Skip to content

Creativity at Its REAL-est

May 2, 2012
tags: ,

(perfect example of the ugly-but-REAL type of art)

I guess I’m the type of person who strives to get better all the time… at specific things or better, as a person in general.  I’ve made a billion lists of places to go, things to do, things to improve on, ways to improve on them and things like that.

Learn how to paint. Learn how to draw people. Learn how to do this. Learn how to do that… Those things are always on the list. I never wanted to learn formally though because I really wasn’t  fond of rules and restrictions. I just wanted to learn in my own way and in my own time. (And sometimes, that’s a bad thing.)

Unfortunately, I was also the type of person who disowned “ugly” art. There were many instances when I didn’t even finish what I was working on because I felt the outcome wouldn’t be beautiful. Once there was a trace of ugly, I’d get so frustrated. Feeling all discouraged, I’d either leave it unfinished or throw it away. That way, no one would have to see it and I wouldn’t ever be reminded of my failure as an artist again.

But after reading Creativity is a Verb by Patty Digh, my entire perspective on art changed. The book was basically about how we should all just stop focusing on the outcome and start being real. There’s a big difference between drawing just cause you want to and drawing cause you want to show people that you can. The former allows you to enjoy the process while the latter just causes you to stress over the outcome.

(Journey over destination. Process over outcome.)

The message of the book was pretty simple… if you want to paint, then paint! (See Just Paint Already) It’s perfectly normal for your first try to be far from a masterpiece but, if you make that your standard and refuse to paint unless the outcome is a masterpiece, then you’ll never paint. That was my problem. I feared my own failure. I knew, for example, that I couldn’t draw people well. And because of that, I never drew people. (I drew robots instead, haha.)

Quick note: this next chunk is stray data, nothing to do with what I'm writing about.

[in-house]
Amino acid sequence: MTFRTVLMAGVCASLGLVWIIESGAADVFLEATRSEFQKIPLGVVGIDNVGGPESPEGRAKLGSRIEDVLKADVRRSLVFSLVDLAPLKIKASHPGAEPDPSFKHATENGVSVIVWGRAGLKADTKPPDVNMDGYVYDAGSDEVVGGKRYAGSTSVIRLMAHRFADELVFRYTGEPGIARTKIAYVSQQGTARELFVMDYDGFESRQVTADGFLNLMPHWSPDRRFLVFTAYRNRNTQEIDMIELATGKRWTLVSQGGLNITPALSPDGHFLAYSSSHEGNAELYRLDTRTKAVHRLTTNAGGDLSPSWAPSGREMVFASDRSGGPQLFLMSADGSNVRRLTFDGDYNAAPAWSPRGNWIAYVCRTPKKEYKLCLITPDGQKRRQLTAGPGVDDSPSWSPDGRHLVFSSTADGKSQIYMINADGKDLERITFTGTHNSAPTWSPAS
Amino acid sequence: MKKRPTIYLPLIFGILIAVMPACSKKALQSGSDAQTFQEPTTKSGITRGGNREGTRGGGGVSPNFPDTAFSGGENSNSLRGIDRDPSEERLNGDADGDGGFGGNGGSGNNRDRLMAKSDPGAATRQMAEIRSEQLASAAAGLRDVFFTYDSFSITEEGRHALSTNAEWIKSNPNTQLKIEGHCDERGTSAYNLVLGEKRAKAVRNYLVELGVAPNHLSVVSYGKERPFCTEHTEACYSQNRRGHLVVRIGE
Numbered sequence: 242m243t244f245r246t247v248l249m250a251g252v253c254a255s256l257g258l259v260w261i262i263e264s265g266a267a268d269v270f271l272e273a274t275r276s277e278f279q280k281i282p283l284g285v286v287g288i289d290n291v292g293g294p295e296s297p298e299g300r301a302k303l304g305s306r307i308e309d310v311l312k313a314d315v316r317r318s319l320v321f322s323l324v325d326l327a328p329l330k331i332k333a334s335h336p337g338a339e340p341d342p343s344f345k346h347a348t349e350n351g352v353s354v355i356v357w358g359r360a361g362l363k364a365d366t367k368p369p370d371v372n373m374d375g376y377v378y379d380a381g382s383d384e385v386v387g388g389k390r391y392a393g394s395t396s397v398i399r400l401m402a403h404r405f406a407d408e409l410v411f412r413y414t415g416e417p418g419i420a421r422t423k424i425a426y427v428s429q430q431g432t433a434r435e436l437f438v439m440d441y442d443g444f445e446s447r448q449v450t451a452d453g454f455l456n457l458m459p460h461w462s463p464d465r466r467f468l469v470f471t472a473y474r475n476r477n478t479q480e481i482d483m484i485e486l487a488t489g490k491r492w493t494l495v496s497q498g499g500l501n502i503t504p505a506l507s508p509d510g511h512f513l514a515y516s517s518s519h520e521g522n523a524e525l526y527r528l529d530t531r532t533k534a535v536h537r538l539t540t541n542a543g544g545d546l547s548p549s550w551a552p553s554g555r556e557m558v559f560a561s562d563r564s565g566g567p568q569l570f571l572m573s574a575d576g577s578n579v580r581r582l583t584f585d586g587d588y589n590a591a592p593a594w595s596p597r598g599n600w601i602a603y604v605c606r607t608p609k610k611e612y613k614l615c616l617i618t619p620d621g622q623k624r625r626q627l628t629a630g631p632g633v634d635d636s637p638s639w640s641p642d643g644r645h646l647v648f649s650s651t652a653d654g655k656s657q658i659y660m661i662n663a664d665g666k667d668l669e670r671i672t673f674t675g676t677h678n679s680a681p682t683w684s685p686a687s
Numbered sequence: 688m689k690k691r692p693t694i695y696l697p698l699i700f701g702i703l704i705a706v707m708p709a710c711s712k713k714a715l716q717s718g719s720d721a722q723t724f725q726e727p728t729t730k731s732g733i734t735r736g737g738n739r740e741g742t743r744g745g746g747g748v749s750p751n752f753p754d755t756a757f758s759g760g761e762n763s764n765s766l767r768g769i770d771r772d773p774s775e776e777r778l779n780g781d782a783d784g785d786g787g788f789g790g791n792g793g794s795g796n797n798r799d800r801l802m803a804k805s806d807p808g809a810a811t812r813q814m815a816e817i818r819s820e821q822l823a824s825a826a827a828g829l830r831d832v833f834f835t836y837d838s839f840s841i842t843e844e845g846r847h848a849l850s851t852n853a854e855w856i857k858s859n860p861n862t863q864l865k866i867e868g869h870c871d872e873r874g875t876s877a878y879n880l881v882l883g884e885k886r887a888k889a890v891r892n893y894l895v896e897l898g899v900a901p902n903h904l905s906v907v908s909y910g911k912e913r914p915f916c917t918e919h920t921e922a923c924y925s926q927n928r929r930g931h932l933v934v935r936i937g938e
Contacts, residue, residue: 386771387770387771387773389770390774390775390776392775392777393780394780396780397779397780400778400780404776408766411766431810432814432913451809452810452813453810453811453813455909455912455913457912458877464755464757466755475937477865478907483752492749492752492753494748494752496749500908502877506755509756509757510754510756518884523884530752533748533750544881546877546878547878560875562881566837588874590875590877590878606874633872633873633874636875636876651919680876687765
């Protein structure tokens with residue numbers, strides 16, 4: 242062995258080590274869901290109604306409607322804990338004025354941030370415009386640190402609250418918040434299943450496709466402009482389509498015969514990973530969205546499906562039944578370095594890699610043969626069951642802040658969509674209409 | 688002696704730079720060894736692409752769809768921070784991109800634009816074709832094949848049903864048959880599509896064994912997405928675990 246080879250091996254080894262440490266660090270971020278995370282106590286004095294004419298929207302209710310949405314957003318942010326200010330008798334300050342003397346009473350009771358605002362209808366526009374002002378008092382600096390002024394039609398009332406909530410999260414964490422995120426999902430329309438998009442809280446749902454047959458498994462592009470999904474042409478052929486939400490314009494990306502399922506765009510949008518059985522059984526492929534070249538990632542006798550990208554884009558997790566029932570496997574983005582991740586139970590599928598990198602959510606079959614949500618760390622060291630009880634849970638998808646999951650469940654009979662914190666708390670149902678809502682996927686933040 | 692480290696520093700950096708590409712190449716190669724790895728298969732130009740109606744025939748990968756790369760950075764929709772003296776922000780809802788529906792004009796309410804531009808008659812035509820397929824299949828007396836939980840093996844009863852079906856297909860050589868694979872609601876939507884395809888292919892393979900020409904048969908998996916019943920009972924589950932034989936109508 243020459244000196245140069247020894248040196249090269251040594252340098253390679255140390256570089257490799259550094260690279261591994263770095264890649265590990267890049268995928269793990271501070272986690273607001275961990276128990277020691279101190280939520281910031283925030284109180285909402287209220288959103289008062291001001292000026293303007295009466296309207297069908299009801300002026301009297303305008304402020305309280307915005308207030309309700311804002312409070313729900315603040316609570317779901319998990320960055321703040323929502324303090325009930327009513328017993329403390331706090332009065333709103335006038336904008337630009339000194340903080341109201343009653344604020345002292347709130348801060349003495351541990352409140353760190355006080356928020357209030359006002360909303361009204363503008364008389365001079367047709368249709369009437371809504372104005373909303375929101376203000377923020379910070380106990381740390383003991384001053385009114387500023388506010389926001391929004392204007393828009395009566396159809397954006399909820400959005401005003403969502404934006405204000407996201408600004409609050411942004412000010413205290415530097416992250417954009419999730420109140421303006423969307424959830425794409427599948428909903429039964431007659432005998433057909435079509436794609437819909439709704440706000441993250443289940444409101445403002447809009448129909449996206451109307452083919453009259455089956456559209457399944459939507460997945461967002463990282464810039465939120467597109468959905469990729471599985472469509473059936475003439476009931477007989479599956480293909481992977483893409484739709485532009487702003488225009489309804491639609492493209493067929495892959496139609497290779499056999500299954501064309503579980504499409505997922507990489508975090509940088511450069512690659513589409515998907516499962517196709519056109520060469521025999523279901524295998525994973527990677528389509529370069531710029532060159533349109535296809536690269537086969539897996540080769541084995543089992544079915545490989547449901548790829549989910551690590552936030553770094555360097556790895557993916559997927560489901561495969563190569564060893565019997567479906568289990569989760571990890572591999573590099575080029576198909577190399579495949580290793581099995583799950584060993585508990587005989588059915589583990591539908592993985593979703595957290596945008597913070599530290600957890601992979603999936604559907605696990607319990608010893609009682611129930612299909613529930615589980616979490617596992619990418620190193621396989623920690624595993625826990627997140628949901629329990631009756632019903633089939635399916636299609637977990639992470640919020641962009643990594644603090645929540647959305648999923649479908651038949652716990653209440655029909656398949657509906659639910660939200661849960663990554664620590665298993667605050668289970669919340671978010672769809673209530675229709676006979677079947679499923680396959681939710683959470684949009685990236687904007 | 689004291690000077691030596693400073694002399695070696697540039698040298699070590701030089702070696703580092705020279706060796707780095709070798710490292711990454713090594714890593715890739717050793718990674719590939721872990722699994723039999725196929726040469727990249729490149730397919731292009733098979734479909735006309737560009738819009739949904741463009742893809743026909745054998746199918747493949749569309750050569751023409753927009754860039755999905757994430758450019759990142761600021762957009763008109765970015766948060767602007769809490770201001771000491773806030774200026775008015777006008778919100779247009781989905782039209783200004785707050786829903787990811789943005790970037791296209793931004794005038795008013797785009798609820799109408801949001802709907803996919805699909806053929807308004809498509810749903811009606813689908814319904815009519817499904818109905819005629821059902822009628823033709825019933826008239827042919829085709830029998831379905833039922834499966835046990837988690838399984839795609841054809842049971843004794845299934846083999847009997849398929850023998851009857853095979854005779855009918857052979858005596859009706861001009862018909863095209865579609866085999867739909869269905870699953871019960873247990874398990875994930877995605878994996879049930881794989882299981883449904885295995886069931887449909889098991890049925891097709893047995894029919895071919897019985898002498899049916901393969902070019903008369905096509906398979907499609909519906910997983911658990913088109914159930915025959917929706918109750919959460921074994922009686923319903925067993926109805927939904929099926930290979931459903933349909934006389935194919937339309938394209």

I didn’t fail… because I didn’t try. But, I didn’t get to learn either.

That book taught me to stop sugar coating my thoughts and ideas. To draw whatever I feel like drawing, even if other people might not understand what it is. To write exactly what I want to write, no matter how stupid or confusing it might seem in the end. I learned that creativity isn’t about a perfect outcome, or being as good as those award – winning artists. It’s about acknowledging and accepting yourself with all your crazy thoughts, ideas and imperfections.

For so many people, myself included, art is a way to express yourself when words aren’t enough. And that honesty is precisely what makes it so beautiful.

(Ignore all the critic. Stop all the measurement. Detach from outcome.)

Finally, I just want to share one of the best videos I have ever come across.
One of the most inspirational ones, as well.

2 Comments leave one →
  1. Donna Simpao permalink
    May 2, 2012 9:26 am

    Inspired after reading this Kars. Loved the video too and showed it to Raya.

  2. May 2, 2012 6:31 pm

    Thank you, tita! Yeah I got really inspired by the video when I first saw it 🙂 Hope she liked it!

Leave a Reply

Fill in your details below or click an icon to log in: Logo

You are commenting using your account. Log Out /  Change )

Google+ photo

You are commenting using your Google+ account. Log Out /  Change )

Twitter picture

You are commenting using your Twitter account. Log Out /  Change )

Facebook photo

You are commenting using your Facebook account. Log Out /  Change )


Connecting to %s

%d bloggers like this: